Laine sur laine - Azerbaïdjan
|Article:||Tapis (Plus de lots)|
|Matériau:||Laine sur laine|
|État:||Dans l'ensemble en bon état avec des traces d'ancienneté et d'usure|
|Tapis nettoyé professionnellement:||Oui|
Mid 19th Century Azerbaidjan Karabağ Rug.It has very unusual desgin collectible piece ıt has good age early piece circa 1870s or early.All the colors are natural and in really good condition.It has some old restoration.
Karabakh has a long history as a centre of Azerbaijani arts and culture. Alongside the arts of stone dressing and metal working, weaving in the region also developed its own particular forms. The abundance of raw-materials, an important factor in the appearance and development of the craft, gave powerful impetus to its expansion. The devotion and expertise of the indigenous population to their art were especially apparent in their wool and silk weaving (galloon making).
The art of weaving can be traced back to the most ancient of days. Spindle heads obtained from archaeological sites of the Eneolith era indicate that ancient people living in the regions of Karabakh, Nakhchivan and Qazakh were engaged in the craft. Archaeological investigations carried out in the Karabakh region unearthed information about carpet weaving in Karabakh during the first Bronze Age. “Vessels with traces of weave found in barrows of the first Bronze Age, as well as spindle heads found at middle Bronze Age sites and hava (a tool used for carpet weaving) and other weaving tools discovered in Uzarliktepe also provide evidence”.1 Thus it seems clear that Karabakh developed as a centre of weaving in ancient times and was in at the origins of weaving in the Caucasus. Here the views of German explorer H. Ropers on Caucasian carpets are interesting. He noted that “Caucasian carpets were produced before those in Asia Minor and there is no doubt that the Caucasus is generally considered the homeland of oriental carpets. Thus woven artefacts, especially kilims (pileless rugs), were produced before fleecy carpets and they are currently produced mainly in the Caucasus”2.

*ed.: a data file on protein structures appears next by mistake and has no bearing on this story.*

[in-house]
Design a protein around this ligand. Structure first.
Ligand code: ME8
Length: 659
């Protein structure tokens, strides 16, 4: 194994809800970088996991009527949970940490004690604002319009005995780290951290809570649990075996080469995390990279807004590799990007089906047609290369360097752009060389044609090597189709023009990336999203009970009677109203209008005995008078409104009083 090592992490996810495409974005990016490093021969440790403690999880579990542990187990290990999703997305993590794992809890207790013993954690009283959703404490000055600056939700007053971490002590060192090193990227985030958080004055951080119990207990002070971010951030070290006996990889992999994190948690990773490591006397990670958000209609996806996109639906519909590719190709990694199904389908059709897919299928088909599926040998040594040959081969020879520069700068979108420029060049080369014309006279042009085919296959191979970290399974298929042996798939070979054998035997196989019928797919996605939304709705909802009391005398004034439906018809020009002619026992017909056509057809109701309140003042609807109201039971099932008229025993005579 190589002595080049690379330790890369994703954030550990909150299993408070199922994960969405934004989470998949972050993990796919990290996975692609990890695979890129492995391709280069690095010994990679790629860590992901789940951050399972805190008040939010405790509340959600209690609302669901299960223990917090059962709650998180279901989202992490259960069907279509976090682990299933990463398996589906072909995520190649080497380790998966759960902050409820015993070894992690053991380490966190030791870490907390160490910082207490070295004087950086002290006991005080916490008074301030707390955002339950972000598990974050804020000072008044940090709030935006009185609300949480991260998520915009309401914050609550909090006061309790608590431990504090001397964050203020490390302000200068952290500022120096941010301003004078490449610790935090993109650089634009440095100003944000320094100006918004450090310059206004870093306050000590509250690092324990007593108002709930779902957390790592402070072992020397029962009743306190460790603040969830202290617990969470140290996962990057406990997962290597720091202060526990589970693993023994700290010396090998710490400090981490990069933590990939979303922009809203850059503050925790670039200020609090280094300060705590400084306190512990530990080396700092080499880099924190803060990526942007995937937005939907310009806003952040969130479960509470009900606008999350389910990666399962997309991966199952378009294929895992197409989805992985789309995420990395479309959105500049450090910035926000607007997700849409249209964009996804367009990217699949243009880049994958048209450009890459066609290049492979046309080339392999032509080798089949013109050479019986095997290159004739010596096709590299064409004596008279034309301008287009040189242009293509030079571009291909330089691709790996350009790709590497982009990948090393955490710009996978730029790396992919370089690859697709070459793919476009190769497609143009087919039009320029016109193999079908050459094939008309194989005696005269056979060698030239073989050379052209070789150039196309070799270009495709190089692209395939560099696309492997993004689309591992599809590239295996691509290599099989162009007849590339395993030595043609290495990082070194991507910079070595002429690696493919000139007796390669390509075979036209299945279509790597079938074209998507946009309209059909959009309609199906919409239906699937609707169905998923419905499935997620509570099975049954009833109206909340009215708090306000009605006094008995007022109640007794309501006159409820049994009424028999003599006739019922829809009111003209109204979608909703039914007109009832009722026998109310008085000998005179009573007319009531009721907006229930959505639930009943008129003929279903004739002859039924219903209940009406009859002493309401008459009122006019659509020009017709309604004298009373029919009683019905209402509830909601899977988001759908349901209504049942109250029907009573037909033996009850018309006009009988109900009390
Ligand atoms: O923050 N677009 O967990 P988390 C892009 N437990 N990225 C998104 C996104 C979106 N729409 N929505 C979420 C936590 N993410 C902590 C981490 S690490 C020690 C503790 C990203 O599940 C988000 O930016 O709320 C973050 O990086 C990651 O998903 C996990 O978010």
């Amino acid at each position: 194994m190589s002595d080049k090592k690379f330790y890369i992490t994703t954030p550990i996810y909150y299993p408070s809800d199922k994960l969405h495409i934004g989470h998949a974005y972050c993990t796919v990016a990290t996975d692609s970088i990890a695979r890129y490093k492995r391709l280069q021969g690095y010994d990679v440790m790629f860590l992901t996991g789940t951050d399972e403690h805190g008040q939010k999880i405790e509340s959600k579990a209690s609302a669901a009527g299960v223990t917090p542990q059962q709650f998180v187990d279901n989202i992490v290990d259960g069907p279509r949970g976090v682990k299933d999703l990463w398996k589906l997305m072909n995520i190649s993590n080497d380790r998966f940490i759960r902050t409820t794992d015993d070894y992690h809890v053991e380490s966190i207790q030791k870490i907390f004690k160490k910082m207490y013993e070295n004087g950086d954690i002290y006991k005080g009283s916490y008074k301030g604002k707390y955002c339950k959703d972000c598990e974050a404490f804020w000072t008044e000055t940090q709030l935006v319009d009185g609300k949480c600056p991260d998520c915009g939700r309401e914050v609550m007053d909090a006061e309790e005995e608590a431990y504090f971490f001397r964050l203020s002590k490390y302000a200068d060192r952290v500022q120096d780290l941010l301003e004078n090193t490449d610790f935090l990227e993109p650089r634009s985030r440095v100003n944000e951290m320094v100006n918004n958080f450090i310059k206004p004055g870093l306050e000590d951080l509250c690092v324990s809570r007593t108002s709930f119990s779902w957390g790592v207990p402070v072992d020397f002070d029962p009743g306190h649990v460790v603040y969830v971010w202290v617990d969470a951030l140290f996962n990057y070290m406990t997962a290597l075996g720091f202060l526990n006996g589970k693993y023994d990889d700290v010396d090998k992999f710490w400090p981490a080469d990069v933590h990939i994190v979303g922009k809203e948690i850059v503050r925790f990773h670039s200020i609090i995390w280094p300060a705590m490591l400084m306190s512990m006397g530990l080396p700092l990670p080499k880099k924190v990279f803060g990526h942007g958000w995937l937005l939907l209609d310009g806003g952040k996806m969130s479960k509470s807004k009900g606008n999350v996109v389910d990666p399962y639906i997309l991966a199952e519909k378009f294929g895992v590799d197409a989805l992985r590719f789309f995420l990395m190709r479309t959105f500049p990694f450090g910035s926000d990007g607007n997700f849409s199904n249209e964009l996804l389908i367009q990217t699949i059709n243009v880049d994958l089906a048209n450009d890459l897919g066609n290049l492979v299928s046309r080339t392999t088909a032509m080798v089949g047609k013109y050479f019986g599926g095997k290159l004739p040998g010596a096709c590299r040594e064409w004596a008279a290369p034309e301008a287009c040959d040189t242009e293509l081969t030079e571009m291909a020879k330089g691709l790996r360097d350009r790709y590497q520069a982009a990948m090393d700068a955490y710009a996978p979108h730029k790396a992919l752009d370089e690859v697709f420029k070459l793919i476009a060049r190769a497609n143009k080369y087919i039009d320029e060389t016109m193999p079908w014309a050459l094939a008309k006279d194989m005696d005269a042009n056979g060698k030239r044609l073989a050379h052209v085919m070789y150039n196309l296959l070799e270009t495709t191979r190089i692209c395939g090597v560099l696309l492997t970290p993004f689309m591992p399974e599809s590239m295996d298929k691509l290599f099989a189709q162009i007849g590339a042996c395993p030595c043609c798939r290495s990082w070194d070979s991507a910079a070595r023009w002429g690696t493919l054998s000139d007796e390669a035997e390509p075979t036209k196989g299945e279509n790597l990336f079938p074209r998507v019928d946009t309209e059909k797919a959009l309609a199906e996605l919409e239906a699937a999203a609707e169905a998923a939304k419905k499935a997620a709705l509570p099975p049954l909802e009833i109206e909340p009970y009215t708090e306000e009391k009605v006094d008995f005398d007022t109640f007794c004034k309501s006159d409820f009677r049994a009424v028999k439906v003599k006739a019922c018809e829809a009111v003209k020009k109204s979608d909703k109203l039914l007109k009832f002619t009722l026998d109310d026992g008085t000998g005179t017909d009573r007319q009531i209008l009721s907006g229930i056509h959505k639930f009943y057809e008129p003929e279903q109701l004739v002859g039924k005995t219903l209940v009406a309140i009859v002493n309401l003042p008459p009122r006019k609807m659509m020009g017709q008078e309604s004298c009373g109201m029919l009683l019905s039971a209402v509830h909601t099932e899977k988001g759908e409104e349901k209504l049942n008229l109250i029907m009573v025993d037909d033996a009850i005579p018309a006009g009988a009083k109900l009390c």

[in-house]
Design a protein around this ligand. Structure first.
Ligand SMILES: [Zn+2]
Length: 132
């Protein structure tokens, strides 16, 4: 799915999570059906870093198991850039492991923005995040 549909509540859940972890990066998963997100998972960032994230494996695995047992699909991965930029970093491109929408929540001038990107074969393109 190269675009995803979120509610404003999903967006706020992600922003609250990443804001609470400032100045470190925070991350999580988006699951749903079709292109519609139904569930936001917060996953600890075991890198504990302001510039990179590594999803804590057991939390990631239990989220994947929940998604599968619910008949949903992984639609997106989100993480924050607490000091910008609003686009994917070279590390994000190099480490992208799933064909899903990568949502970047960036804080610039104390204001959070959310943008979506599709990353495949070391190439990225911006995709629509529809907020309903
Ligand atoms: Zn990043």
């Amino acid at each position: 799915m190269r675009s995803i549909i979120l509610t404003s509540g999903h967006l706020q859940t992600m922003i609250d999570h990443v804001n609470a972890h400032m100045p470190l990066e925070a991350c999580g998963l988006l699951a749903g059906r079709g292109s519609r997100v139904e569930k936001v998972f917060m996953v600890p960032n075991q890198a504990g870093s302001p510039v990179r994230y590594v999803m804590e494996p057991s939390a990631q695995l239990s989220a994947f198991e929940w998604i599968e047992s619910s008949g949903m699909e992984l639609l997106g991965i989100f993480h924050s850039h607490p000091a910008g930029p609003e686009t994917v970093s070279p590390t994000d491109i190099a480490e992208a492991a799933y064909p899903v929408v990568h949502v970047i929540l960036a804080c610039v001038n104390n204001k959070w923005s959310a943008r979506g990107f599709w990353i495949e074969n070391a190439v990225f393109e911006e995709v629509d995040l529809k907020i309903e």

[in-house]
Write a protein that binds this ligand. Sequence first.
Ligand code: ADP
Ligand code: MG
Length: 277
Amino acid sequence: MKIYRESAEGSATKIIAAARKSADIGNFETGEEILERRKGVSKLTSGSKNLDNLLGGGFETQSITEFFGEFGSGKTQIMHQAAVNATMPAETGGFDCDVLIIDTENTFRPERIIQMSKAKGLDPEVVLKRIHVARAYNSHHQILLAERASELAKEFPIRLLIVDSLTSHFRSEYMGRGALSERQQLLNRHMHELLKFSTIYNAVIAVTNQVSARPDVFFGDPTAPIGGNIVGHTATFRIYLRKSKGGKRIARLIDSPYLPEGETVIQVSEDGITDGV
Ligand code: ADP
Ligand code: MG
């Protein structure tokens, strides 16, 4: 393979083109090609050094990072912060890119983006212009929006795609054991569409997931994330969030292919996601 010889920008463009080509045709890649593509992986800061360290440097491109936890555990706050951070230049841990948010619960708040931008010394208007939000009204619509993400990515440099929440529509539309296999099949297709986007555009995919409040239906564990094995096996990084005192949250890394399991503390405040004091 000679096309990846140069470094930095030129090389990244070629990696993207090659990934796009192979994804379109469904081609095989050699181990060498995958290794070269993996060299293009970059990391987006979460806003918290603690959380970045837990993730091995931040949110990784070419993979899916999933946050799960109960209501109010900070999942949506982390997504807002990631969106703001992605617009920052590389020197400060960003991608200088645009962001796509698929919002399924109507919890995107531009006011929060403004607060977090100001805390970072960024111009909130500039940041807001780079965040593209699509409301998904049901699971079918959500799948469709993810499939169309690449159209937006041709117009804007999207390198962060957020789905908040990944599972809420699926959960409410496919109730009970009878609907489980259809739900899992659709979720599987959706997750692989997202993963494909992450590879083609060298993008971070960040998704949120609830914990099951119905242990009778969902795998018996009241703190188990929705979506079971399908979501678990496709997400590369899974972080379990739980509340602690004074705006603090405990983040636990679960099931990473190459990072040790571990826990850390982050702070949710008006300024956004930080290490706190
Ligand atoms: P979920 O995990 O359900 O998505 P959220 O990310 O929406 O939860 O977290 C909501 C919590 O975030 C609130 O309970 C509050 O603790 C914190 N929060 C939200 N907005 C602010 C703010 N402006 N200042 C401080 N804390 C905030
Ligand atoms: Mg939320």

It is a fact that Azerbaijani carpets comprise a large majority of Caucasian carpets. In this respect, and clarifying H. Ropers, it is possible to say that Azerbaijan, and especially Karabakh, is the homeland of the oriental carpet.